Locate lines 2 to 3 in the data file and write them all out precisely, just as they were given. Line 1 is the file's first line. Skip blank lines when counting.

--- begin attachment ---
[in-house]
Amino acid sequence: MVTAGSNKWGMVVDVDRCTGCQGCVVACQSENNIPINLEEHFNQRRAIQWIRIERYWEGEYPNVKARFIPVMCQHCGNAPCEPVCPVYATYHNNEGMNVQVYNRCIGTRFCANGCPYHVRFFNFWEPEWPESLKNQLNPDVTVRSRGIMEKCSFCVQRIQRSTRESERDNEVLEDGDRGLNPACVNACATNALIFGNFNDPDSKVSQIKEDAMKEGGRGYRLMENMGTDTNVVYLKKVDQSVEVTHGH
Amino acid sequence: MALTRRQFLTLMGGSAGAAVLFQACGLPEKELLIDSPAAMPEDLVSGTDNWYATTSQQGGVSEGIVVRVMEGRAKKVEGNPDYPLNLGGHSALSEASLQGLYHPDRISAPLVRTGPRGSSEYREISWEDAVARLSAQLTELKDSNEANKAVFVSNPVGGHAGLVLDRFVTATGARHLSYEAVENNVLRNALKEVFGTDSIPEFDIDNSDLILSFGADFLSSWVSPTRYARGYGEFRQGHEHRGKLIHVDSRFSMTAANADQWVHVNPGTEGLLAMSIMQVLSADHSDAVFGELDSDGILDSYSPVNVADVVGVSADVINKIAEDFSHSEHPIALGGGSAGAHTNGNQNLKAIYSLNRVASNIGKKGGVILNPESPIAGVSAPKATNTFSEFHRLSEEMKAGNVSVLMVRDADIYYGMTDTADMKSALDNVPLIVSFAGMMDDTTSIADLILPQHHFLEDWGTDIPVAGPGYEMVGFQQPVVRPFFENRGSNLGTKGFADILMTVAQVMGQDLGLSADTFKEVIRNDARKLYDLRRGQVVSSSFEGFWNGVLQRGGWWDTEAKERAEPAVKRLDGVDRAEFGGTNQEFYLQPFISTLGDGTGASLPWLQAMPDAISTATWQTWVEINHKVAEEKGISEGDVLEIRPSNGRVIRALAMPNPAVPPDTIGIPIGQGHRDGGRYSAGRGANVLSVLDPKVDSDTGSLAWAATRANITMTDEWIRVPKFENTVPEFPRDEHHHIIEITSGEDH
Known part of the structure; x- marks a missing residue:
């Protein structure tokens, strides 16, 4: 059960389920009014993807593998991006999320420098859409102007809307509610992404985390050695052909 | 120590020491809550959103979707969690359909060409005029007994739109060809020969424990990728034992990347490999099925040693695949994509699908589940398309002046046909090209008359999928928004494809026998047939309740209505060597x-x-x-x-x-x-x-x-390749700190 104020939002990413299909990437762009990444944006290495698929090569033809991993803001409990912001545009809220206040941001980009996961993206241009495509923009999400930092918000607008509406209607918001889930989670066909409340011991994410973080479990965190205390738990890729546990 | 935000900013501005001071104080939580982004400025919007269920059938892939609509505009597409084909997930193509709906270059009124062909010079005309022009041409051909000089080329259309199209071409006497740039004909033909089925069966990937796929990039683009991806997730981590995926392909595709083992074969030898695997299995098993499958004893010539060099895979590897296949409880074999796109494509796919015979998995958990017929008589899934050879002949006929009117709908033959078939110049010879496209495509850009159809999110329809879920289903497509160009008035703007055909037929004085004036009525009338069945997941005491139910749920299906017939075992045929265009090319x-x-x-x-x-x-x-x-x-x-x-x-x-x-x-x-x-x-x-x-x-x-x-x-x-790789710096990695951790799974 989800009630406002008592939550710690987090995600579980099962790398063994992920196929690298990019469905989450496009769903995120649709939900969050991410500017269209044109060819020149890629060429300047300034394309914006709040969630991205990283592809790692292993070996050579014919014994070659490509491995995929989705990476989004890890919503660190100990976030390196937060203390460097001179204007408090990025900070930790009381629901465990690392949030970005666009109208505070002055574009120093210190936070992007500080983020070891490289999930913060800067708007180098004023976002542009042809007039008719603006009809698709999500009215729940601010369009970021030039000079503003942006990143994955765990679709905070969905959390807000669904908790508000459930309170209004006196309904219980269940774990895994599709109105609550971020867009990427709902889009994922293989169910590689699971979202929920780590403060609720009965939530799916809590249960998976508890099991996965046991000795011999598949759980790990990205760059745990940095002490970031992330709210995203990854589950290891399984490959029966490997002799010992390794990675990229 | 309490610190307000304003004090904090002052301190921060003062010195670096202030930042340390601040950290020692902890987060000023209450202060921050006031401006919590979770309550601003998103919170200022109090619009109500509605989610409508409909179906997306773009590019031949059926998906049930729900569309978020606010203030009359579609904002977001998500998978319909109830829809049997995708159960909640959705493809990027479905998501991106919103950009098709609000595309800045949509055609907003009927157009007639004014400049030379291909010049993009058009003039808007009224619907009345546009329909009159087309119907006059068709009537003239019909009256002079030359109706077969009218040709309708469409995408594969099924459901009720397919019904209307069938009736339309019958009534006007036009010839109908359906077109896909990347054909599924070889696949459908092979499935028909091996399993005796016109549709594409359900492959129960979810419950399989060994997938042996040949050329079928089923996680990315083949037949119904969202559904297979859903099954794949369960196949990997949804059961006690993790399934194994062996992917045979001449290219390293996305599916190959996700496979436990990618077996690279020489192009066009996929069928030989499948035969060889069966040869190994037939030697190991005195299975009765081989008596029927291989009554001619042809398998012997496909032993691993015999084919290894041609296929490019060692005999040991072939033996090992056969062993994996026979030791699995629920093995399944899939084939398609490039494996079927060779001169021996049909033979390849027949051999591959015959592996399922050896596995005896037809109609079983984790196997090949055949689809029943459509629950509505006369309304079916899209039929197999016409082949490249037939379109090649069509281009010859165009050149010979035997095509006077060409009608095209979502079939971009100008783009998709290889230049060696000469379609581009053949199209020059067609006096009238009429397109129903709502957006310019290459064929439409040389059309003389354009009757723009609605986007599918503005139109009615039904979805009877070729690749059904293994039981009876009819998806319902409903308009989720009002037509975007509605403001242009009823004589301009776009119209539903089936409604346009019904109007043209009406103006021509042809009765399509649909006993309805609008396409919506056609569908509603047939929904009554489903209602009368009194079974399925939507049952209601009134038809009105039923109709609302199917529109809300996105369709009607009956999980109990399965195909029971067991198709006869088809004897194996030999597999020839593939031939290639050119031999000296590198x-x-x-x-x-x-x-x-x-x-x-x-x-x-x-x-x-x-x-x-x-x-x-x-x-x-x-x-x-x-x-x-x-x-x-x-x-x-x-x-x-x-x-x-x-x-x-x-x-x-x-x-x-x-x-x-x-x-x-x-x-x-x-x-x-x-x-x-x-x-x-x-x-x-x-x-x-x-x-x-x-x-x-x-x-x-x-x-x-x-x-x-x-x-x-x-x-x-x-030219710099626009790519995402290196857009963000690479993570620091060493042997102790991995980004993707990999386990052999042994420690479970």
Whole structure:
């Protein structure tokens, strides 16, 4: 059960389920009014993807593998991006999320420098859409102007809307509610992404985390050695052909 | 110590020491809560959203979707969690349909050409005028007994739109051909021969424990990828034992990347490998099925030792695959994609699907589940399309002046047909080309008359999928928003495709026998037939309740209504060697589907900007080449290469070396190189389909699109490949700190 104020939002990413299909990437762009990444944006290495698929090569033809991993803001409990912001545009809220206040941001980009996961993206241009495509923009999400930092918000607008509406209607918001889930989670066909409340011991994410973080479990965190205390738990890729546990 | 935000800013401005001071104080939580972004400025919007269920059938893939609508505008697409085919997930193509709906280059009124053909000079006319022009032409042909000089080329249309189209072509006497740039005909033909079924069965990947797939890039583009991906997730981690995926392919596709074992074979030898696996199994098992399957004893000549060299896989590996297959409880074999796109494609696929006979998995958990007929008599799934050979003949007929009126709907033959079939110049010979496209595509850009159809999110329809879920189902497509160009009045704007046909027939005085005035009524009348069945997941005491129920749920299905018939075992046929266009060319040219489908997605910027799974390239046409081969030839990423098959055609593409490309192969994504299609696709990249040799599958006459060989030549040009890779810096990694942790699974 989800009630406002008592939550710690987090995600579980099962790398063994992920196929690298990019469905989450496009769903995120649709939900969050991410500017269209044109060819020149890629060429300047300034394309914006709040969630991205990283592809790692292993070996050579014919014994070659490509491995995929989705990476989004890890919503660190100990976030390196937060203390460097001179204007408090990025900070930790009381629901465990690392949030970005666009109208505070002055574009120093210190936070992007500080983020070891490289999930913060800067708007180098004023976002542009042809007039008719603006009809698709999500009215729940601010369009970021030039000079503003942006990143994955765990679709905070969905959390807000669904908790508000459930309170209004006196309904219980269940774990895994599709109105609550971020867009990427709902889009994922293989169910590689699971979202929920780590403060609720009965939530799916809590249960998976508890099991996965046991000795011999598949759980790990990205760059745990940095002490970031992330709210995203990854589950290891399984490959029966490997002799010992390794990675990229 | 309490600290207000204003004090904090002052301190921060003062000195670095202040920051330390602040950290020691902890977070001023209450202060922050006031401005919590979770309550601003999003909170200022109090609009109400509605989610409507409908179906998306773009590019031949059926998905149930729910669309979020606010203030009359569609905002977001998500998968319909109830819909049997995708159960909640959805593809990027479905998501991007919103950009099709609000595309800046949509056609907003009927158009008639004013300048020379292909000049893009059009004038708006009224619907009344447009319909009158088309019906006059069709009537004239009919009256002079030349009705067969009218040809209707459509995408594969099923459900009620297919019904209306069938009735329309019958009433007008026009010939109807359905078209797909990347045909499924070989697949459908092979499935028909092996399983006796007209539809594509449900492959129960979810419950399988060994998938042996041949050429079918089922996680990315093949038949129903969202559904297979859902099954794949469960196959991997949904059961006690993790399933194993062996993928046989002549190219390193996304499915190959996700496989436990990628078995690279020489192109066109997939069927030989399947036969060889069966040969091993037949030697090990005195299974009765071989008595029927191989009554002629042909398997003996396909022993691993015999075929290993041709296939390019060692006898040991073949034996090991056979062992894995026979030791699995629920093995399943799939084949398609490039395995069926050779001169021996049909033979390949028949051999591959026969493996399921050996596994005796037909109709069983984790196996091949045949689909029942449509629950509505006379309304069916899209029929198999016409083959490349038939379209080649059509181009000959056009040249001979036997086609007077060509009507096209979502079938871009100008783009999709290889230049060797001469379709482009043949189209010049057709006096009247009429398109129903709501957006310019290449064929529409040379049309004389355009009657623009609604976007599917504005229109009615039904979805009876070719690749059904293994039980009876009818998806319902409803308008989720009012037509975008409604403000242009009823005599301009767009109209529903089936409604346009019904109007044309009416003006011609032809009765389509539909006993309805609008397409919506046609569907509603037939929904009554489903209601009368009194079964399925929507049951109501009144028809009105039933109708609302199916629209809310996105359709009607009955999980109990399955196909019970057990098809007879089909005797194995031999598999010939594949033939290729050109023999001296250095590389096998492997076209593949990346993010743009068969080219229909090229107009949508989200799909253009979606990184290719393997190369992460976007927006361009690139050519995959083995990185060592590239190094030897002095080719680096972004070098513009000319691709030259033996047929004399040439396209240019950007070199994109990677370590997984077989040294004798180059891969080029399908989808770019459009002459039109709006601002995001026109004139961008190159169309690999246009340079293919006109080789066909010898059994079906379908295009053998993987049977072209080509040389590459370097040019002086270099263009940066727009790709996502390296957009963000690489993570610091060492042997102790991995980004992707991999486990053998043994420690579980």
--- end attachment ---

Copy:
Amino acid sequence: MVTAGSNKWGMVVDVDRCTGCQGCVVACQSENNIPINLEEHFNQRRAIQWIRIERYWEGEYPNVKARFIPVMCQHCGNAPCEPVCPVYATYHNNEGMNVQVYNRCIGTRFCANGCPYHVRFFNFWEPEWPESLKNQLNPDVTVRSRGIMEKCSFCVQRIQRSTRESERDNEVLEDGDRGLNPACVNACATNALIFGNFNDPDSKVSQIKEDAMKEGGRGYRLMENMGTDTNVVYLKKVDQSVEVTHGH
Amino acid sequence: MALTRRQFLTLMGGSAGAAVLFQACGLPEKELLIDSPAAMPEDLVSGTDNWYATTSQQGGVSEGIVVRVMEGRAKKVEGNPDYPLNLGGHSALSEASLQGLYHPDRISAPLVRTGPRGSSEYREISWEDAVARLSAQLTELKDSNEANKAVFVSNPVGGHAGLVLDRFVTATGARHLSYEAVENNVLRNALKEVFGTDSIPEFDIDNSDLILSFGADFLSSWVSPTRYARGYGEFRQGHEHRGKLIHVDSRFSMTAANADQWVHVNPGTEGLLAMSIMQVLSADHSDAVFGELDSDGILDSYSPVNVADVVGVSADVINKIAEDFSHSEHPIALGGGSAGAHTNGNQNLKAIYSLNRVASNIGKKGGVILNPESPIAGVSAPKATNTFSEFHRLSEEMKAGNVSVLMVRDADIYYGMTDTADMKSALDNVPLIVSFAGMMDDTTSIADLILPQHHFLEDWGTDIPVAGPGYEMVGFQQPVVRPFFENRGSNLGTKGFADILMTVAQVMGQDLGLSADTFKEVIRNDARKLYDLRRGQVVSSSFEGFWNGVLQRGGWWDTEAKERAEPAVKRLDGVDRAEFGGTNQEFYLQPFISTLGDGTGASLPWLQAMPDAISTATWQTWVEINHKVAEEKGISEGDVLEIRPSNGRVIRALAMPNPAVPPDTIGIPIGQGHRDGGRYSAGRGANVLSVLDPKVDSDTGSLAWAATRANITMTDEWIRVPKFENTVPEFPRDEHHHIIEITSGEDH